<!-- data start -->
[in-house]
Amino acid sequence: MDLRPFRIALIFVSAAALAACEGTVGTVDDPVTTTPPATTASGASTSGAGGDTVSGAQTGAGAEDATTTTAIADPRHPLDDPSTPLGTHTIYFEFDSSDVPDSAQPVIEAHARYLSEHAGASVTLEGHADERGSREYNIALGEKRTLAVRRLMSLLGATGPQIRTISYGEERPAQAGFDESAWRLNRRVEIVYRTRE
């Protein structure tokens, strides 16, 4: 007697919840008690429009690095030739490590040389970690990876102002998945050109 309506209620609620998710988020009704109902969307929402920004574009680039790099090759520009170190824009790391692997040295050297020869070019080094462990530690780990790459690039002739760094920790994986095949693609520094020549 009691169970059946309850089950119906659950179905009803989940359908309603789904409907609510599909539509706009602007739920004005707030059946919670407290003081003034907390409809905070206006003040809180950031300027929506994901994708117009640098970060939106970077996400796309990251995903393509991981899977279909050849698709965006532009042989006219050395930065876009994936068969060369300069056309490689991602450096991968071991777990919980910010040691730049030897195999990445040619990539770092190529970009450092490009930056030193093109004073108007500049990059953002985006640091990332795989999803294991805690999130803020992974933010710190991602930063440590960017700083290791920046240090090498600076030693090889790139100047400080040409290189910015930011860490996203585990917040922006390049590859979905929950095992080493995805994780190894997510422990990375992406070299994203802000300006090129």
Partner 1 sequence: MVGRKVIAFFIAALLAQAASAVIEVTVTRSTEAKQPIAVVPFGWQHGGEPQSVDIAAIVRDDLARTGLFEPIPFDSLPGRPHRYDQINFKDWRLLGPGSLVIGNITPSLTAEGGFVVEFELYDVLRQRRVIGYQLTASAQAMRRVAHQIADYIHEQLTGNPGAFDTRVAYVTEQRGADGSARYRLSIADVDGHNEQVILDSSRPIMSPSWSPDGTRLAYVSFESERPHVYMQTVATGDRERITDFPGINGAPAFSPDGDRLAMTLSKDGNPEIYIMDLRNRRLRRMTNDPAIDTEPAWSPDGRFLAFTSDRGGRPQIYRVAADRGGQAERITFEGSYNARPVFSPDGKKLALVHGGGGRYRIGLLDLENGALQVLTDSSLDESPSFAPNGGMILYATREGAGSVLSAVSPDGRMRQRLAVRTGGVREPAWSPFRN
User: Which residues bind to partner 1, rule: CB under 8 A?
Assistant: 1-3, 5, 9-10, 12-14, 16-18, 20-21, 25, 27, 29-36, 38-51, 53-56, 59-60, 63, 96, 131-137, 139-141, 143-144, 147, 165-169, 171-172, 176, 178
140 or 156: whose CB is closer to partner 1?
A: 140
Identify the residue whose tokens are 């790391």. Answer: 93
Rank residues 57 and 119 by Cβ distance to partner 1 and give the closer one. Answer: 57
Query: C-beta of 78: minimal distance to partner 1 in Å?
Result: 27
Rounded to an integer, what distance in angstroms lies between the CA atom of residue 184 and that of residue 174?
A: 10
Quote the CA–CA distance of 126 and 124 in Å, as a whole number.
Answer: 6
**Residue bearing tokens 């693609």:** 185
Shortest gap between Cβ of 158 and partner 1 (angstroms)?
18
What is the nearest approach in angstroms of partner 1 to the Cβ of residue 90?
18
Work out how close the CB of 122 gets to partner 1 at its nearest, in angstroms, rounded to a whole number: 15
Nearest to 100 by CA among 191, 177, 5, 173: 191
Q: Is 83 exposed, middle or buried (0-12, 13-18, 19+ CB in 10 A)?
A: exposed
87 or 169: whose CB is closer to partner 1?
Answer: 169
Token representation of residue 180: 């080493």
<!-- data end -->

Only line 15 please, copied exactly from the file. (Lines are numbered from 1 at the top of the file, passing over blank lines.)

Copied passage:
Quote the CA–CA distance of 126 and 124 in Å, as a whole number.